Watch what it does, what it says, and where it goes and try to reduce behaviors attending conspiracy, incitement, and the setting out to do violence to some package that can be policed without nulling the express rights, traditions, and privileges of other Americans, including Muslims not involved with such criminal dreaming, scheming, and planning.

What we do for one, we must do for all, for here all are equal under the law.

Missing at this level of “competition” on the domestic front: we have nothing in place — no laws — speaking to sedition or the detention of persons of interest, which might as well include you or I or any number of other Americans involved on any side of the Islamic Small Wars.

Your complaint is predicated on knowing what you know and not seeing what you know reflected elsewhere.

While you rightly ask what America is getting for its $52 billion annual combined agency and services intelligence bill, you and most others — perhaps with the exception of benighted Snowdens — cannot see the traffic moving behind the walls defined by the possession of secret clearance within a relevant agency or operation. I / you / we / and most don’t know what the secrets-keeping intelligence and security sectors of the Federal government knows.

When we guess, our personalities as much or more than empirical observation and reason, contribute to our theories.

To reduce this to “takeaway”: I think, best case, President Obama has pursued with the endorsements of Party and general election, the least war possible as regards engagement with Islamist ambition or programming and its various hidden as well as large (e.g., Russia-Syria-Iran) entities.

We know the Federal government wants to interdict Boston Marathon Bombings but seems to have some problem coordinating, investigating, or stopping that activity. The worst explanation: some idiot with a scientific mind wants the end point! A complete(d) story. The best, which is not so good: our domestic security apparatus is a gangly beast with many heads and hundreds of hands and it is incapable of rising to any occasion, like the threat of the Boston Marathon Bombing, “as one man”.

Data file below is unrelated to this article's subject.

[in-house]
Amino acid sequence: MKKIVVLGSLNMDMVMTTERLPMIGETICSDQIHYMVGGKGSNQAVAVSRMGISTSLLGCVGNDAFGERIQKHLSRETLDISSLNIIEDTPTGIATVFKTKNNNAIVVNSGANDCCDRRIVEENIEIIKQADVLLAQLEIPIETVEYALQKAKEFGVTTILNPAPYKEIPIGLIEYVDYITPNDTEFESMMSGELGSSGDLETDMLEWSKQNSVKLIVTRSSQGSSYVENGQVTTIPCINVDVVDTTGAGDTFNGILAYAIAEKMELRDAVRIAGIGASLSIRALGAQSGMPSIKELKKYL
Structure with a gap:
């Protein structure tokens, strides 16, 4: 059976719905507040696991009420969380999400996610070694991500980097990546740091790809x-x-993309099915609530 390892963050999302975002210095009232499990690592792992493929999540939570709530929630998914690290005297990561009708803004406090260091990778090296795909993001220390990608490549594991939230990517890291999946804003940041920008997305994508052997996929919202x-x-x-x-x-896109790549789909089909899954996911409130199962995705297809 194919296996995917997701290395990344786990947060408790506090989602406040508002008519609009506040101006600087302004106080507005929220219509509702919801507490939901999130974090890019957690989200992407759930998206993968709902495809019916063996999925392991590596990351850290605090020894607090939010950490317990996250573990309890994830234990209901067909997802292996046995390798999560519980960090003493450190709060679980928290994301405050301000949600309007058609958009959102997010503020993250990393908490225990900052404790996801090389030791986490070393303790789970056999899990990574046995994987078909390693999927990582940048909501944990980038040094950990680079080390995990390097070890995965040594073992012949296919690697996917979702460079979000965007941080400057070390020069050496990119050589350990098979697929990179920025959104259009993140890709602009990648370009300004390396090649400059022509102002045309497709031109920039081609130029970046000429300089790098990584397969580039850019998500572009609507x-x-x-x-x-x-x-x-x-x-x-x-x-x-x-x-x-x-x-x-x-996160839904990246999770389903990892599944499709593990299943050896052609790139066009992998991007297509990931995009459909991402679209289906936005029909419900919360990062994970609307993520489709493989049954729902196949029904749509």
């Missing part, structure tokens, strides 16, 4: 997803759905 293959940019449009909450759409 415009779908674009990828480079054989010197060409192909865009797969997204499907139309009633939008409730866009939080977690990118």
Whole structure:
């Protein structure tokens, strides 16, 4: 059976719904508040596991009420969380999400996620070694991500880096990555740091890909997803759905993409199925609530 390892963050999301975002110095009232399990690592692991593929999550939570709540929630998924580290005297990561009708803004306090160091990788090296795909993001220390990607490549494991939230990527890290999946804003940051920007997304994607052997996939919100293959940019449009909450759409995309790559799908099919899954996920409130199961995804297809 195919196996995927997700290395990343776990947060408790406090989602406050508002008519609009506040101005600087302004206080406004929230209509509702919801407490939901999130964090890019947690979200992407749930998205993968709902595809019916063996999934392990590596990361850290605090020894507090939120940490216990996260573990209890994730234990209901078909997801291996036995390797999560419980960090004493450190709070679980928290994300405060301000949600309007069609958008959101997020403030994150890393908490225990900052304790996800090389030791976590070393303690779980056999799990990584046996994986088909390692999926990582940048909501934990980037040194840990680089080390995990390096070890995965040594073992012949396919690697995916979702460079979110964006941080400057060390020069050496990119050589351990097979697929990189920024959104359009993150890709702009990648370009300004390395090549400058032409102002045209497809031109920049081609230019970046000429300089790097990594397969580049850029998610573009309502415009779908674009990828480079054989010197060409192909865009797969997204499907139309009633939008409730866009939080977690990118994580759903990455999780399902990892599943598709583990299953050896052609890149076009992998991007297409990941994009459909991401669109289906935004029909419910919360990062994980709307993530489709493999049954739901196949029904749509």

The route of a high-ranking mosque official: awful.

For the years in service at and the relationships formed and cherished by his congregation, there’s no good explanation for the fast night flight (symbolically so) out and the lack of then immediate transitional communication with the organization’s membership.

However, the Federal government has every right and imperative to treat that event as an internal matter, privileged and private, also confined to the organization, and not a matter of public concern, at least where the Federal public presence may be concerned.

In the secret life of the Federal government, all permutations of two guesses are good: it’s helping the Muslim Brotherhood in America vs. it’s investigating the Muslim Brotherhood in America.

The talk around that makes for lively but unresolvable argument.